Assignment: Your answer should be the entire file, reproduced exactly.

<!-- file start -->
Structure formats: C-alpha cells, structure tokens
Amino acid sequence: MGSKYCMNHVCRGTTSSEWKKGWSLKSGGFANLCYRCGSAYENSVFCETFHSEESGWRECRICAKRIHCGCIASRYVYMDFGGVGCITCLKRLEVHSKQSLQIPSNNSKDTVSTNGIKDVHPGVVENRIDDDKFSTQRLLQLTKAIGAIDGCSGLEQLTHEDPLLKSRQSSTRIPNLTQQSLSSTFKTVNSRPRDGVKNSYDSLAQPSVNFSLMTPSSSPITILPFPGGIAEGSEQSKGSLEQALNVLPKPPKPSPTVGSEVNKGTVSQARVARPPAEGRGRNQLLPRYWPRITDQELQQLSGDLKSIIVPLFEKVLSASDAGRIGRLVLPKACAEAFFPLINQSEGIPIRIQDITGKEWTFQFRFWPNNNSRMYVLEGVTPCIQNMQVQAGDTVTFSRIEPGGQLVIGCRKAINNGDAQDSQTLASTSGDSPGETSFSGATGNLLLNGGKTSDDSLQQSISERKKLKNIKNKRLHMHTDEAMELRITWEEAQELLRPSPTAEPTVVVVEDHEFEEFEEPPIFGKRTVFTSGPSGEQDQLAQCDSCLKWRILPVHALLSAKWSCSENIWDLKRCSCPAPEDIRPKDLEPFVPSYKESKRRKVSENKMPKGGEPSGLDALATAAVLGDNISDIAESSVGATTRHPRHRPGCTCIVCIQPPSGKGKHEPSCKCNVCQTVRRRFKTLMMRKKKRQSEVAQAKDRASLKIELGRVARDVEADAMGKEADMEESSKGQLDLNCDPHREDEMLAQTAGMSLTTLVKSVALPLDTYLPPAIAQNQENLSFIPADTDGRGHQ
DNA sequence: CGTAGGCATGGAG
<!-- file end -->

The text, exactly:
Structure formats: C-alpha cells, structure tokens
Amino acid sequence: MGSKYCMNHVCRGTTSSEWKKGWSLKSGGFANLCYRCGSAYENSVFCETFHSEESGWRECRICAKRIHCGCIASRYVYMDFGGVGCITCLKRLEVHSKQSLQIPSNNSKDTVSTNGIKDVHPGVVENRIDDDKFSTQRLLQLTKAIGAIDGCSGLEQLTHEDPLLKSRQSSTRIPNLTQQSLSSTFKTVNSRPRDGVKNSYDSLAQPSVNFSLMTPSSSPITILPFPGGIAEGSEQSKGSLEQALNVLPKPPKPSPTVGSEVNKGTVSQARVARPPAEGRGRNQLLPRYWPRITDQELQQLSGDLKSIIVPLFEKVLSASDAGRIGRLVLPKACAEAFFPLINQSEGIPIRIQDITGKEWTFQFRFWPNNNSRMYVLEGVTPCIQNMQVQAGDTVTFSRIEPGGQLVIGCRKAINNGDAQDSQTLASTSGDSPGETSFSGATGNLLLNGGKTSDDSLQQSISERKKLKNIKNKRLHMHTDEAMELRITWEEAQELLRPSPTAEPTVVVVEDHEFEEFEEPPIFGKRTVFTSGPSGEQDQLAQCDSCLKWRILPVHALLSAKWSCSENIWDLKRCSCPAPEDIRPKDLEPFVPSYKESKRRKVSENKMPKGGEPSGLDALATAAVLGDNISDIAESSVGATTRHPRHRPGCTCIVCIQPPSGKGKHEPSCKCNVCQTVRRRFKTLMMRKKKRQSEVAQAKDRASLKIELGRVARDVEADAMGKEADMEESSKGQLDLNCDPHREDEMLAQTAGMSLTTLVKSVALPLDTYLPPAIAQNQENLSFIPADTDGRGHQ
DNA sequence: CGTAGGCATGGAG